“What this means is that all proscriptions against killing, lying, stealing, etc. can be negated under the right circumstances. For example, an Allied spy could employ any of the aforementioned ‘vices’ in the duty of defeating the Nazis without a challenge of conscience. The key to discerning morality for the Hindu hinges on whether the acts taken are for the greater good, and not merely for personal gain or pleasure.

“As to where morality originated, there seems to be close to universal agreement among anthropologists that it developed evolutionarily. Those tribes who learned to cooperate and display attitudes of self-sacrifice and order thrived in a way others did not.”

Rev. Ray Lanning, a retired minister of the Reformed Presbyterian Church of North America, responds:

“Much depends upon what you mean by ‘morality.’ The word can refer merely to what behavior is acceptable, according to the manners or customs (Latin: mores) of a particular society or ​nation. The origin of such manners or customs is often lost in the mists of time. These ‘morals’ are mere conventions of social life. Such ‘consensus morality’ results in the empty and hypocritical business of ‘keeping up appearances,’ lest our neighbors think or speak ill of us. We conform only because we fear to do otherwise.

“Reformed and Presbyterian Christians have a different starting point for morality. We begin with God and His will for our lives. God’s law was written on the human heart at creation (Romans 2:13-15). We sometimes call it ‘conscience,’ but the law is God’s revelation that instructs and directs our conscience. Without God’s law, we are ships navigating without chart or compass. God’s creatures should consult and obey the will of their Creator. God’s people should walk in the light of His Word. Faith in Christ and love for Christ leads to Christian obedience, as the Lord Jesus says: ‘He that hath My commandments and keepeth them, he it is that loveth Me’ (John 14:21).”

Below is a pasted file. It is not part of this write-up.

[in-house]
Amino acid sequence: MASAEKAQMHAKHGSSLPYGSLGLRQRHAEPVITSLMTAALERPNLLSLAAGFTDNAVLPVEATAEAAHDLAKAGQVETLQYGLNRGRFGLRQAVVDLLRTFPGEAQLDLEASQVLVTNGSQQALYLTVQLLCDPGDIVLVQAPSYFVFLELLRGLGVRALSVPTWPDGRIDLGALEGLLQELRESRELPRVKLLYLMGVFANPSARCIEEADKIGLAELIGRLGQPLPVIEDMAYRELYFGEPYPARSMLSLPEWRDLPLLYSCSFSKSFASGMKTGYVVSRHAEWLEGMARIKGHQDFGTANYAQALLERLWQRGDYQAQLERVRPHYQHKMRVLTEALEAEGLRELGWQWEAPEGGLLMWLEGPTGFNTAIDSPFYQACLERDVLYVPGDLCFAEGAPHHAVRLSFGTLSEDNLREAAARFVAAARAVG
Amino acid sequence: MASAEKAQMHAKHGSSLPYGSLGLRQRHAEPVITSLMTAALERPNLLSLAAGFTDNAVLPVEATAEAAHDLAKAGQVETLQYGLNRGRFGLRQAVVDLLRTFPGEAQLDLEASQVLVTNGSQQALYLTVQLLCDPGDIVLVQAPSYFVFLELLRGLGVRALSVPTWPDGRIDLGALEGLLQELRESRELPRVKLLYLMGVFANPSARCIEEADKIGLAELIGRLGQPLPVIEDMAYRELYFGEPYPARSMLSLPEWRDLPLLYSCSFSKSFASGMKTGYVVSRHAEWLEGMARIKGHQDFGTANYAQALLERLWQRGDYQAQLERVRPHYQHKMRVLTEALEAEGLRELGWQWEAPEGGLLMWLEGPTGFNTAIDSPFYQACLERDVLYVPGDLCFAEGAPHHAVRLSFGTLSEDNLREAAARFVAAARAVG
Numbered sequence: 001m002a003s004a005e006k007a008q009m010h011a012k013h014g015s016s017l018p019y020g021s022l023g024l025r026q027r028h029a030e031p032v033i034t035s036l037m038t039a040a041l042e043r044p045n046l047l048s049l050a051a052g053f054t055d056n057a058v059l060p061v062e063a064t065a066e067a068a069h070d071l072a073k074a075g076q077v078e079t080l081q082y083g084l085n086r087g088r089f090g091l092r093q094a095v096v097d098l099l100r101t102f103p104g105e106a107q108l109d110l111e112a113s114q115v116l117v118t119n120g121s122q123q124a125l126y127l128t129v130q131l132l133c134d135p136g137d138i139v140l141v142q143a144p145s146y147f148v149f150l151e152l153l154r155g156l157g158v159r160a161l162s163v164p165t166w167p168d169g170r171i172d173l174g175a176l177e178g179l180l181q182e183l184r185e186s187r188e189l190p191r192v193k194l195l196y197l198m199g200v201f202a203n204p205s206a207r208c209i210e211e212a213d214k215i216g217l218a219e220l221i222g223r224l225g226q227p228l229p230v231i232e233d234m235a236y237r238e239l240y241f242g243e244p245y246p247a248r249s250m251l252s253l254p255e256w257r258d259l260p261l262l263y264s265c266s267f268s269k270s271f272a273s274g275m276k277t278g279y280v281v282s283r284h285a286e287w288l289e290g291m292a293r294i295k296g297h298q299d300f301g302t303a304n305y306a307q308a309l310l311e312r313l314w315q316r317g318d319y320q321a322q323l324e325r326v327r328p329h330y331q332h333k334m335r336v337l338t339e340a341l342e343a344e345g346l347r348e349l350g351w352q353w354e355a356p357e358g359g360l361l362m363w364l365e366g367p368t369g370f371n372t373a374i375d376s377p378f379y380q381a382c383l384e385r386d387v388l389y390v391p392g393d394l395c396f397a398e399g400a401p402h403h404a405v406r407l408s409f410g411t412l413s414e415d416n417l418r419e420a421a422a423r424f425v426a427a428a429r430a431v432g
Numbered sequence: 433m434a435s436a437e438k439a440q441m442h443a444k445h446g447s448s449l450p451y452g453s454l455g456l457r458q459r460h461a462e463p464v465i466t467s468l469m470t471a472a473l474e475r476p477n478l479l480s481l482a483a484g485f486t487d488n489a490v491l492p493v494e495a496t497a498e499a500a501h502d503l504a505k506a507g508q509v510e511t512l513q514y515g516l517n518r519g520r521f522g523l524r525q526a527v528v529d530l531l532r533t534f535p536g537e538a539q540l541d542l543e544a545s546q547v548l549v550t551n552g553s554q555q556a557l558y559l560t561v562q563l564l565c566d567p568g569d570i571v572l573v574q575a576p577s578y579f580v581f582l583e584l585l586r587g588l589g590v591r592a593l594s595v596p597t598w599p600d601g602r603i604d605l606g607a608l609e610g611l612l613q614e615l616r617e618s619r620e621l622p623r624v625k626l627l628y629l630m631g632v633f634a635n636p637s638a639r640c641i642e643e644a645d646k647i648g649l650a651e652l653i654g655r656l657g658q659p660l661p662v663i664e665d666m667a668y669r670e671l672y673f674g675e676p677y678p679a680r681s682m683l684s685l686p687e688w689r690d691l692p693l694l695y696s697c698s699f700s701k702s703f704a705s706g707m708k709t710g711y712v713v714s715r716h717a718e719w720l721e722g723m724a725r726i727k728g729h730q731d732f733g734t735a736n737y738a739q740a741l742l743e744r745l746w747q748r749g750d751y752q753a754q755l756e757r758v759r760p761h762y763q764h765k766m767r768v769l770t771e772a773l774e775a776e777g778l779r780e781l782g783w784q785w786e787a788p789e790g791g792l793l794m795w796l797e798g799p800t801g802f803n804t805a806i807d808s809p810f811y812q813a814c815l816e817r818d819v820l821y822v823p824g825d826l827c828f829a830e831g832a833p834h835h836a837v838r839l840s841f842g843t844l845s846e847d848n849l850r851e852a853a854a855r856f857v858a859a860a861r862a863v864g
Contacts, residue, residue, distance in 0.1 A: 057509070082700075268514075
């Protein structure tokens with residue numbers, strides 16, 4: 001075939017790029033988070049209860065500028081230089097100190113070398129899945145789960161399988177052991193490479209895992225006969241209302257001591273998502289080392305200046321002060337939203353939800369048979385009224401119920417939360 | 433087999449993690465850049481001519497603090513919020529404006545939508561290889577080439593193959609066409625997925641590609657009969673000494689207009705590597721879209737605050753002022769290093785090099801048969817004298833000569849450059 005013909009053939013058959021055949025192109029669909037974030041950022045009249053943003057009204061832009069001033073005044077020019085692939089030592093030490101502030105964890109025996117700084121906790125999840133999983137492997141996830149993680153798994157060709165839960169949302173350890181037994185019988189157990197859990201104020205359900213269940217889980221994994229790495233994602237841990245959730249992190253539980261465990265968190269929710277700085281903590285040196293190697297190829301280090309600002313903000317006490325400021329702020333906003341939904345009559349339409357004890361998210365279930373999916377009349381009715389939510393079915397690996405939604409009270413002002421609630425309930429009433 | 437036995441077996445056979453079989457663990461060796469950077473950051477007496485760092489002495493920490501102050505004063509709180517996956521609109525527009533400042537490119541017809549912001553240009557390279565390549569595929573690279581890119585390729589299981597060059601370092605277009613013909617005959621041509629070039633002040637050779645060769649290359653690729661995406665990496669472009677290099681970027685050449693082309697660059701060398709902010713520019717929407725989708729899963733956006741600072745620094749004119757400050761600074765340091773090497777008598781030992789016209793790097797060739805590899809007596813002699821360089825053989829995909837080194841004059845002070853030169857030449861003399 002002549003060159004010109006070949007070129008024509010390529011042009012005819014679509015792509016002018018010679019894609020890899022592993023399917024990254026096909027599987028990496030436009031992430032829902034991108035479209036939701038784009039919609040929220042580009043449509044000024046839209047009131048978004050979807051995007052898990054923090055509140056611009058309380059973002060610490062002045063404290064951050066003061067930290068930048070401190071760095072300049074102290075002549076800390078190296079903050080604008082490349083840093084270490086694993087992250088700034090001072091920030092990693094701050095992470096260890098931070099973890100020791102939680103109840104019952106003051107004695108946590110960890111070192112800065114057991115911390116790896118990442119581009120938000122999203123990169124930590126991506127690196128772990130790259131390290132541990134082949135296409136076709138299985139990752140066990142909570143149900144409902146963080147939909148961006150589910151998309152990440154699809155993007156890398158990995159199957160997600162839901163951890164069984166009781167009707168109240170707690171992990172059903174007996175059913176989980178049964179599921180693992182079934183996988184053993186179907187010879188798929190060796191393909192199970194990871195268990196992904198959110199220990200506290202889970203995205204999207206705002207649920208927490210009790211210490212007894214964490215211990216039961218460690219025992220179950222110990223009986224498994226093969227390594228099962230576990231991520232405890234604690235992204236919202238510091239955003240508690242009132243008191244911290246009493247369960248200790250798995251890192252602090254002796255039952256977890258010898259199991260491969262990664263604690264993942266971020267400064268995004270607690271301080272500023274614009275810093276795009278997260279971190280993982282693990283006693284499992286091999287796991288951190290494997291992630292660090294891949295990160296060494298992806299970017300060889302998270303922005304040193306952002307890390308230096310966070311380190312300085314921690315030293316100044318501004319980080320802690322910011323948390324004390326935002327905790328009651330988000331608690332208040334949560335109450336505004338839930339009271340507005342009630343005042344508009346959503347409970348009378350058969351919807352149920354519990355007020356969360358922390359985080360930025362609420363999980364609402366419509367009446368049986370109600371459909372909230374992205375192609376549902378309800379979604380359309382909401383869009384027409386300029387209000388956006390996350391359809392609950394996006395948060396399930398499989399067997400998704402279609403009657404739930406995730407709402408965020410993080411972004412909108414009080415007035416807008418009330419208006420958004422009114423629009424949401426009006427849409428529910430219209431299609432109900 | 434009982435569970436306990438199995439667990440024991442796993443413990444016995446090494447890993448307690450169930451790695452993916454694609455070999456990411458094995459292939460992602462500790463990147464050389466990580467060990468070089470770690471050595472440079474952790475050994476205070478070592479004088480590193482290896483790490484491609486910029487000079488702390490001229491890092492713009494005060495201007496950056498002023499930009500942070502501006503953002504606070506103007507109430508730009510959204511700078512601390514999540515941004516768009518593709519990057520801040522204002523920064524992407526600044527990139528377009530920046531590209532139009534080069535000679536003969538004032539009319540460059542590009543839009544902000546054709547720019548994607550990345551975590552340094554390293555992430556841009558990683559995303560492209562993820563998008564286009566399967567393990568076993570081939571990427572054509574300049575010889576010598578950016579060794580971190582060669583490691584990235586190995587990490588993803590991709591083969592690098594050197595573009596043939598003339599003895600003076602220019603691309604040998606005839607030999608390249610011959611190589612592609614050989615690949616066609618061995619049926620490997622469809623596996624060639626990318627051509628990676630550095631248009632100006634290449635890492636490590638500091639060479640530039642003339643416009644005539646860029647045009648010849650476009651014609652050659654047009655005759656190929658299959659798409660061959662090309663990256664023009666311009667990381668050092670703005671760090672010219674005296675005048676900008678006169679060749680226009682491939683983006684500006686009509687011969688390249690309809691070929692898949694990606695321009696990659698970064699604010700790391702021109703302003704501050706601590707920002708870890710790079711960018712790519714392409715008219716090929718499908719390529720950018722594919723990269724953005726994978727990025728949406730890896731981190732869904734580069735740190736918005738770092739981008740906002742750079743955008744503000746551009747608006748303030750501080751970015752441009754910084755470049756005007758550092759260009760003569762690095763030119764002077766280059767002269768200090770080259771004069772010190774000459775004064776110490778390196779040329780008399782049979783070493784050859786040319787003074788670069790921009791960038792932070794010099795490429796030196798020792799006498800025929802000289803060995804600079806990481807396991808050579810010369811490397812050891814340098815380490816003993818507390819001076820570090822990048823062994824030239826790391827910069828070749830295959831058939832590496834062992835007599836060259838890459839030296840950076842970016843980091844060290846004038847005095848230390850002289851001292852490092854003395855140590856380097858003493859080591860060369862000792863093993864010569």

My response:

For me and for traditional Judaism, morality begins with the first five books of the Bible, which we call ‘Torah,’ or instruction and continues with the rest of the Hebrew Bible, which both  reinforces and modifies the Torah’s voice. However, Jews do not read the Bible’s commanding voice directly, but rather filter it through the lens of the Talmud, later codes of Jewish law, and other commentaries. This introduces the wisdom of the generations into the conversation defining morality, and allows for the possibility that what was moral for a previous generation, such as limited forms of slavery or reduced rights for women, is not moral for our generation.


This column answers questions of Ethics and Religion by submitting them to a multi-faith panel of spiritual leaders in the Grand Rapids area. We’d love to hear about the ordinary ethical questions that come up in the course of your day as well as any questions of religion that you’ve wondered about. Tell us how you resolved an ethical dilemma and see how members of the Ethics and Religion Talk panel would have handled the same situation. Please send your questions to [email protected].